Jon Heyman: ‘Biogenesis Suspensions Won’t Come Anytime Soon’
CBSSports.com MLB writer Jon Heyman received an unusually pitying introduction when he came on The Morning Show. The mock somberness had a purpose, though: to emphasize the soul-crushing nature of baseball’s ongoing PED discussion.
The brewing controversy this time around involves Tony Bosch and the Biogenesis clinic, which has reportedly distributed performance-enhancing drugs to at least 15 Major League players, including Alex Rodriguez and Ryan Braun.
With the league investigating and potential suspensions looming on the horizon, the commissioner’s office and the players union are at a standstill. Many of the accused, most notably Braun, are refusing to answer investigators’ questions on the matter, while the league is on the precipice of uncharted territory if it intends to issue PED suspensions without any failed drug tests.
“I think the union and the lawyers are very likely to file grievance, challenge it,” Heyman explains to Tiki Barber, Brandon Tierney, and Dana Jacobson. “There isn’t a failed test — even with a test Braun challenged it and he prevailed, as we know.”
This has all the makings of a landmark case — not just for baseball, but for all professional sports. Depending on the ruling, it will shape the future of PED-related punishments as it pertains to the minimum amount of proof necessary to issue a suspension and what constitutes repeat offense of these rules.
Such a momentous decision means two things for sure: this will get ugly, and it will take forever.
“I think this is going to drag on awhile,” Heyman admits. “I don’t think any suspensions are going to come to fruition anytime soon. They may issue the suspensions, but the players may challenge right away, and I really doubt any player will just accept the suspension.”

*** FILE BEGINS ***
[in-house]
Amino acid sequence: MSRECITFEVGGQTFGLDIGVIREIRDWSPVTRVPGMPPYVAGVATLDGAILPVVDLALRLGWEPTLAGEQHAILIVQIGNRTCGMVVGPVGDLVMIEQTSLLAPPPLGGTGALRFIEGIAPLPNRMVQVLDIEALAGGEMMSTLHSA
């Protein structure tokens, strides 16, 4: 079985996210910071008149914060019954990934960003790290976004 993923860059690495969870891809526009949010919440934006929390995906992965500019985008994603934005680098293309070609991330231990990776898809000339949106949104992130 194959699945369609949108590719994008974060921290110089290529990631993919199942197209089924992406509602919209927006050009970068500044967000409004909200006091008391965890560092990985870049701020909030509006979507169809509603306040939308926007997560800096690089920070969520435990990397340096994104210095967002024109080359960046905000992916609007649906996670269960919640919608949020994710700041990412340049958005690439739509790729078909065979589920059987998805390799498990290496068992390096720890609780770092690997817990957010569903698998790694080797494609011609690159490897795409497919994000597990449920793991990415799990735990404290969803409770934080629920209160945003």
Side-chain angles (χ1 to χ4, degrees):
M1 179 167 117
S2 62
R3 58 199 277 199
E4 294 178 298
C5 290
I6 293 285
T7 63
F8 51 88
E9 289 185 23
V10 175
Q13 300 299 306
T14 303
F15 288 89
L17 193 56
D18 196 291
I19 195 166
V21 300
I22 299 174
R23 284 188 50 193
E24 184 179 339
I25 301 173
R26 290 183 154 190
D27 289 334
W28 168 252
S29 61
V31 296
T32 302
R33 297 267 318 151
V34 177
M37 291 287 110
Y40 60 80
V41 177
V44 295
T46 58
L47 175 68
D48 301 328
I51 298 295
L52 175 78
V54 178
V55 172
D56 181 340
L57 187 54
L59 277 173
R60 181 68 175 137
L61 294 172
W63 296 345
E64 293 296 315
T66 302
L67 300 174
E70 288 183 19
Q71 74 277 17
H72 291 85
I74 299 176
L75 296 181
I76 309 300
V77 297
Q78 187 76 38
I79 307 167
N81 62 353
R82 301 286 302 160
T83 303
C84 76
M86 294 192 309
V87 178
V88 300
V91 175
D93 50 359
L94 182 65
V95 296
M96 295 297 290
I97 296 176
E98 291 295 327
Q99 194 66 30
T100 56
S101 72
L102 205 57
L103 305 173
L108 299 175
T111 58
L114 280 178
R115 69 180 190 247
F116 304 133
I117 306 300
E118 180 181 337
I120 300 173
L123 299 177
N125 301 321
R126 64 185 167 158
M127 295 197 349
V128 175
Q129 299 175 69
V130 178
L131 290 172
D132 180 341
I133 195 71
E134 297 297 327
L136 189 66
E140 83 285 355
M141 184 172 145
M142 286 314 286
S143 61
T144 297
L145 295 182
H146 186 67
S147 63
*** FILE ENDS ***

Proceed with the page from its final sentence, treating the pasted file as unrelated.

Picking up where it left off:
“That would be very surprising — certainly not Braun or A-Rod would accept the suspension — because there is no failed test. Circumstantial evidence — it may be overwhelming, as you say, we’ll find out,” he adds.
Feeling a blend of fatigue and sanctimoniousness, the fans have had enough with performance-enhancing drugs. As Heyman puts it, the public outrage over this perpetually coming up as an issue far is disproportionate to the reaction to truly heinous crime in sports.
“Of course, baseball is the national pastime, so it’s probably held to a higher standard,” he tells Barber. “I mean, look, your sport’s got an accused murderer, and people are complaining more about the PEDs than they are about this fellow who is accused of shooting multiple people.”
According to Heyman, there is no timetable for a final ruling once the appeals start rolling in. It is very likely that it will stretch through the end of the regular season, possibly even extending into free agency.
“In terms of the winter, I don’t know, it’s probably better to have this hashed out during the winter than during the season,” he argues. “Baseball, they understand that it’s not going to be pretty trying to clean it up. And this is part of the process.”